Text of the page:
Two babies born in fire-damaged Wexford Hospital – but normal service won’t resume for months
Two babies who were born safely yesterday in the fire-damaged Wexford General Hospital brought joy after the trauma of this week’s blaze, as the first moves also got underway to bring back some of the patients who had to be evacuated during the emergency.
However, it will be weeks – and possibly months – before the hospital is back to running as normal.
A hospital spokeswoman said: ”The repatriation process of bringing patients back has begun. The first patients will come from University Hospital Waterford. This is the first step in the process, which will take several weeks.“
The maternity unit reopened yesterday morning after Wednesday’s fire, which led to extensive damage. More than 90 patients had to be evacuated on Wednesday after a major blaze in the plant room, housing machinery, at the top of the hospital.
It led to extensive smoke and water damage, as well as part of the roof caving in before it was brought under control.
A large fleet of ambulances had to transfer patients, some seriously ill, and bring them to Waterford, Kilkenny, Dublin, Cork and Navan, Co Meath. Around 29 patients remained in the hospital, where they will continue to receive care.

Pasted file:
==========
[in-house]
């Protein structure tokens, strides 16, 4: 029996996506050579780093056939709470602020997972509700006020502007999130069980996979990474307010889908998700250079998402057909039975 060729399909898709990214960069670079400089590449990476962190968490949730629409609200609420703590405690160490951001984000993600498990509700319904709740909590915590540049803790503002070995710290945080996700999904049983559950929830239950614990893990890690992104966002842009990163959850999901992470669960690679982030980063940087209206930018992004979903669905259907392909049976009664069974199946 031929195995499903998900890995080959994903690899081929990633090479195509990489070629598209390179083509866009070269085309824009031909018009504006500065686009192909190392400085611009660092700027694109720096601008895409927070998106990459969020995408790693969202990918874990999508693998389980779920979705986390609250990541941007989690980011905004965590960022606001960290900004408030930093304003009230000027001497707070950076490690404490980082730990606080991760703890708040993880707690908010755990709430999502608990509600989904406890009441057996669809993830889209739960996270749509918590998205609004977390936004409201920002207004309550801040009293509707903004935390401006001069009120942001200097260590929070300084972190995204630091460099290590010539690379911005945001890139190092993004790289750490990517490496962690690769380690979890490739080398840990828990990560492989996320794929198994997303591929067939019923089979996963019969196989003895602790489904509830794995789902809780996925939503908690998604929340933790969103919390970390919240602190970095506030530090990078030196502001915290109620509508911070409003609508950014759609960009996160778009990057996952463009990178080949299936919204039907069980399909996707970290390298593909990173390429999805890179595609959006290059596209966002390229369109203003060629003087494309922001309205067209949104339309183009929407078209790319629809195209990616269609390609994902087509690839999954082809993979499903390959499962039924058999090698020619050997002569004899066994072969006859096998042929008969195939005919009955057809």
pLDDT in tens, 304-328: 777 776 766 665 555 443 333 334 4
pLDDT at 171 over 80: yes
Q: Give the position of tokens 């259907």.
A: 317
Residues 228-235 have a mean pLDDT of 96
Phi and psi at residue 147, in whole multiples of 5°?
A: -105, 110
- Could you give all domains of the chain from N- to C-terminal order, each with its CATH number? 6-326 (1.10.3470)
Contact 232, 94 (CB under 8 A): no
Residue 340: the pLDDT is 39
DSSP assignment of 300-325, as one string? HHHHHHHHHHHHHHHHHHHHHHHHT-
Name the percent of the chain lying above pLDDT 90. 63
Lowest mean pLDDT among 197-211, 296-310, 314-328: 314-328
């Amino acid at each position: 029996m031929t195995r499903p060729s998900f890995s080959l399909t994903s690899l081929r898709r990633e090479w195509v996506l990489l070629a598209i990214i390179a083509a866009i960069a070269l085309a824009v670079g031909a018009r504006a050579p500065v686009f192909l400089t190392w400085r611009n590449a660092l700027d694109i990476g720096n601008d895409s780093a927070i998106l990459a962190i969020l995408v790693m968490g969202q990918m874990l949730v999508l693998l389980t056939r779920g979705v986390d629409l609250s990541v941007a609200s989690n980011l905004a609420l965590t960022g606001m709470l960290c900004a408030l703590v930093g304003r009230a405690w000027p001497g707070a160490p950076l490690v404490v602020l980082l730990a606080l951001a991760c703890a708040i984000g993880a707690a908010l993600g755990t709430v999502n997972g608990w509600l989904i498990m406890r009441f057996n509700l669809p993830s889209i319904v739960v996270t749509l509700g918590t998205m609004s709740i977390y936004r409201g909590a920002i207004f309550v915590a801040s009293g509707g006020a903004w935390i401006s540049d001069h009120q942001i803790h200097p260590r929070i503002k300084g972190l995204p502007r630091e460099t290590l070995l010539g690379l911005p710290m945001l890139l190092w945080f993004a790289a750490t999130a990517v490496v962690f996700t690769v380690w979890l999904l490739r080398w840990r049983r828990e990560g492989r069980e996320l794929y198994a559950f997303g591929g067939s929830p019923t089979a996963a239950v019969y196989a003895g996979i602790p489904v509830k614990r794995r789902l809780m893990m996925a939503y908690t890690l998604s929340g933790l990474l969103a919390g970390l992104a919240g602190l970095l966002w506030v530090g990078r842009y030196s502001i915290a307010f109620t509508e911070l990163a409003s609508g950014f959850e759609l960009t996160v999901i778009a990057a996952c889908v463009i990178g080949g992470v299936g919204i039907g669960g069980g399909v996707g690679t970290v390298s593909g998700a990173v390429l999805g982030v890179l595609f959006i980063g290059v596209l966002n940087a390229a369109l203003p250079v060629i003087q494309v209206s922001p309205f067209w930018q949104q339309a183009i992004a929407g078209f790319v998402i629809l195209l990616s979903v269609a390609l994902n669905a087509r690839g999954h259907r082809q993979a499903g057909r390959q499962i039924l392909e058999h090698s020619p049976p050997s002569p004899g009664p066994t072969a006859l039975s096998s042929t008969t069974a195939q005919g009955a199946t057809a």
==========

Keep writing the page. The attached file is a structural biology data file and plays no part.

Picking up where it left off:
Outpatient clinics will resume from Monday but other services, including its emergency department, remain closed.
Taoiseach Leo Varadkar visited the hospital yesterday, and he said he was struck by the amount of personal belongings patients had to leave behind in the hurry to safety.
A hospital spokeswoman said: “We are aware that the emergency department in Waterford is extremely busy.
“However, CareDoc have ensured that additional GPs during out-of-hours are available within the Wexford and Waterford area, to prevent travel to Waterford’s emergency department from Wexford, and for the Waterford Community to avail of alternative services.”
Mr Varadkar said: “It’s going to be weeks to months before the hospital is back up and running fully. That is the objective and I've given everyone here the assurance that the government will do everything humanly possible to support the efforts to get this hospital up and running.
"But with the best will in the world, that’s likely to be weeks to months at this stage. Hospital Manager Linda O’Leary said that her team would begin assessing the options in terms of a phased re-opening of the emergency department “when we are assured by the technical experts that it is safe to do so.”
Ms O’Leary added that there was no timeline for the release of the technical assessment of the damage to insurers and HSE Estates, but that assessors are still working in the area of the fire outbreak.
Mr Varadkar said: “One thing that did hit me going into some of the wards is that it had that Mary Celeste feeling, where people had left their belongings behind because they had to evacuate so quickly. But efforts are now being made to ensure that everyone gets their belongings back and they’re being sent either to their homes or to whichever hospital they’ve been transferred to.”
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